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Understanding the Hidden Costs of EH&S Compliance

Whether you are a newly-established company that has not yet formed an EH&S department, a mid-sized company with in-house or outsourced EH&S personnel, or a large company with a well-established  EH&S department, environmental, health, and safety can be swept under the rug in terms of company priorities.

compliance cost








Facility size, employee count, and life-cycle stage can vary from one organization to the next, but one common thread twines many of these situations together: compliance isn’t the company priority.

Because regulatory compliance is not necessarily a tangible asset, the costs of maintaining it are often hard to validate at a corporate and user level. From small colleges with biology and chemistry departments to renown research universities; from one-facility hospitals to entirehidden compliance costs healthcare networks; from new-venture biotechs to research companies entering the development phase; from single-facility manufacturing companies to multi-location conglomerates –  EH&S departments often struggle to raise top-of-mind awareness about the invisible. Researchers are focused on their work, and corporate is focused on the overall success of the organization.

When do facilities start to care about compliance? When the invisible cries out.

One instance: when safety or health is threatened. A researcher isn’t wearing the proper personal protective equipment (PPE) and a chemical injury happens; faulty equipment mismanages an explosive chemical, and BOOM; an unlabeled chemical is mixed with an incompatible counterpart and a fire results in an employee injury. It is then that compliance – or the lack of it – becomes a real, hard tangible. Then, or when the aforementioned rug is picked up by a regulatory inspector, and shaken for all it’s worth. How much, you ask? Inspection violations range from written warnings to millions of dollars.

In 2011, OSHA fined an Illinois company $1.2 million for allowing five employees without proper PPE or training to remove asbestos-containing materials from its facility. 

In 2012, a utility company in New Jersey was forced to pay the federal EPA and state DOJ $150 million as a settlement to cover pollution control technology that would resolve violations in three of its power plants against the Clean Air Act (CAA).

So, you see, there are two kinds of compliance costs.

The first: maintaining compliance regularly – keeping equipment functional and up-to-date, having plans and permits, implementing and maintaining a thorough health and safety program, ensuring initial and regular training for employees, et cetera. The second: the aftermath of incompliance. Proactive compliance is much less costly than retroactive compliance. Not only in terms of money, but in terms of health. Worker safety. People’s lives.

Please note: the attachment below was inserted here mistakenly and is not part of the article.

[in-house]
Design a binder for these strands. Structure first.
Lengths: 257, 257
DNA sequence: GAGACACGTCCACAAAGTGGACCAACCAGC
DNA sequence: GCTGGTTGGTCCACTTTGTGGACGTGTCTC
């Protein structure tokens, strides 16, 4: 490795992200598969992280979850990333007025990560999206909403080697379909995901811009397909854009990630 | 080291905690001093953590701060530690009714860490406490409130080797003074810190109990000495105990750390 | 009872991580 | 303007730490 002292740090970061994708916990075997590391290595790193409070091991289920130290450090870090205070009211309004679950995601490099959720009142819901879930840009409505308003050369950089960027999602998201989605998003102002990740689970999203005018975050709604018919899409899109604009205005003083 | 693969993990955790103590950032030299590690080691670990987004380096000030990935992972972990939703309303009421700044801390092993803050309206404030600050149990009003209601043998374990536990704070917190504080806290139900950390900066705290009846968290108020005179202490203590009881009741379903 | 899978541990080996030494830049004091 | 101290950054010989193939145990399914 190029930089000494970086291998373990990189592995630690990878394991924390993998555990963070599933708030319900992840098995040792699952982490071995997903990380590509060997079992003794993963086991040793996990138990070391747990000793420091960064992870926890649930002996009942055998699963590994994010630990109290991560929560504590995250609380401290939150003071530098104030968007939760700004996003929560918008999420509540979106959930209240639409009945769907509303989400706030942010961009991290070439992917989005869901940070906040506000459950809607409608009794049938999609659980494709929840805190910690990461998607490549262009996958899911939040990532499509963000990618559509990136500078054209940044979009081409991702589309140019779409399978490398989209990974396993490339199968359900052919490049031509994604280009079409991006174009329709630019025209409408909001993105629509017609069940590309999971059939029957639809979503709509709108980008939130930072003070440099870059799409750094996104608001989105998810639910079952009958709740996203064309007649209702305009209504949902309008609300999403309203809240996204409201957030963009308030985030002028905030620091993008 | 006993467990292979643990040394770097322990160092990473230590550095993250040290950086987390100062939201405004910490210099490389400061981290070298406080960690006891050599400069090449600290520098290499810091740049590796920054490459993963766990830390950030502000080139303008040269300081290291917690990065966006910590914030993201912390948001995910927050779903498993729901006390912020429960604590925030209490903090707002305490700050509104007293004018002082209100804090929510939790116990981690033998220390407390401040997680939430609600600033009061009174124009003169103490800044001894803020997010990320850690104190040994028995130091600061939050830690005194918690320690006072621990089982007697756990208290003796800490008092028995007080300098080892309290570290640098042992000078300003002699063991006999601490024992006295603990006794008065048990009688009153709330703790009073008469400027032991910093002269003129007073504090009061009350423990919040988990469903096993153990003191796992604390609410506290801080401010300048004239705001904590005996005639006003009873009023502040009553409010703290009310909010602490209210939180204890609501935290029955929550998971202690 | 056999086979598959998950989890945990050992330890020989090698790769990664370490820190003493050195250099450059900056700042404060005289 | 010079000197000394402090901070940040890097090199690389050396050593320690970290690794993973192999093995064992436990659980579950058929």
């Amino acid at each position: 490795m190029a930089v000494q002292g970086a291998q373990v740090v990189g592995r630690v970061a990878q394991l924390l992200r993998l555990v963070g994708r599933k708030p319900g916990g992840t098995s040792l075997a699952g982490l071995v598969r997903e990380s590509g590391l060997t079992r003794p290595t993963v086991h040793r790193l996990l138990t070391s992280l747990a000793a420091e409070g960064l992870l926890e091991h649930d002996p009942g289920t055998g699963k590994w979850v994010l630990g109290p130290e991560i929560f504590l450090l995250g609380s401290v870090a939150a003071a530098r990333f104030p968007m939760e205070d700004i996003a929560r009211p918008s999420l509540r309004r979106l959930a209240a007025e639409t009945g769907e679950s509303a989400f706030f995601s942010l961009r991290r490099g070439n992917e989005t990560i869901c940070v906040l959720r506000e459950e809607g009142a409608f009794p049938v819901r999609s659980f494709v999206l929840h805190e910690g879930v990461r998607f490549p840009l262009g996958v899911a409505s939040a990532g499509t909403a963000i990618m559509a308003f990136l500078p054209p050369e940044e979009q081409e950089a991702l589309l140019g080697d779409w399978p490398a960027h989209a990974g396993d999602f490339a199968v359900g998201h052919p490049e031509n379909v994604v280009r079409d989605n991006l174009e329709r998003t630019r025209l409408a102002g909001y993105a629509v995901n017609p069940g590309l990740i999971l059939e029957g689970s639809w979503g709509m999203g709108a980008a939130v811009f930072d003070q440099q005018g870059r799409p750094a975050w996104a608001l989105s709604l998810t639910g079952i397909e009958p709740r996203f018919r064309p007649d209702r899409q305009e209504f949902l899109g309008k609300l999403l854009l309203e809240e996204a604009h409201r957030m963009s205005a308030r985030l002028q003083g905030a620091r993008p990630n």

Increasing proactive compliance decreases the cost of compliance exponentially.

Let’s clarify, though: understanding the importance of proactive compliance is just the start of an ongoing process. It’s easy to say, “Yes, we should be more proactive” - but how do you convince the people that matter? Key stakeholders and environmental health & safety budgets will range depending on company size, but a few themes ring true for all:

  1. No one wants to pay more than they have to
  2. Noncompliance puts health & safety at risk
  3. People connect more strongly with concrete examples than hypothetical situations
  4. Plans that cover the short-and long-term and are budgeted are more successful

Use these truths to convince your key stakeholders that increasing your compliance budget is not a “want” but a “need.” Find instances of hefty fines, threatened health, injuries, and fatalities for similar companies that failed to uphold EH&S compliance.

Next, highlight instances within your organization where these (and maybe more) instances of noncompliance exist. In order to do so, you need to perform a gap analysis of your facility. Utilizing EH&S compliance software, like Triumvirate’s ADVISE, allows you to understand your current compliance standing by collecting inspection information with an iPhone. The software can then graph that data in a report, showing you visually where your highest instances of risk stand. You might also consider having a compliance consulting team visit your facility to perform a mock audit. Having a team tour your facility puts your employees on the spot, allowing you to gauge their inspection preparedness, and it identifies specific violations present in your machines, PPE, programs, and records.

In order to effectively persuade your key stakeholders of an increased compliance budget, you’ll need to present them with a short-term and long-term plan. Let reacting to those immediate instances of noncompliance shape your short-term plan, and systematic changes to prevent similar risk in the future constitute your long-term plan. Plan out what your daily, weekly, monthly, and yearly benchmarks will be, and let these standards become the instruments to measure facility compliance.

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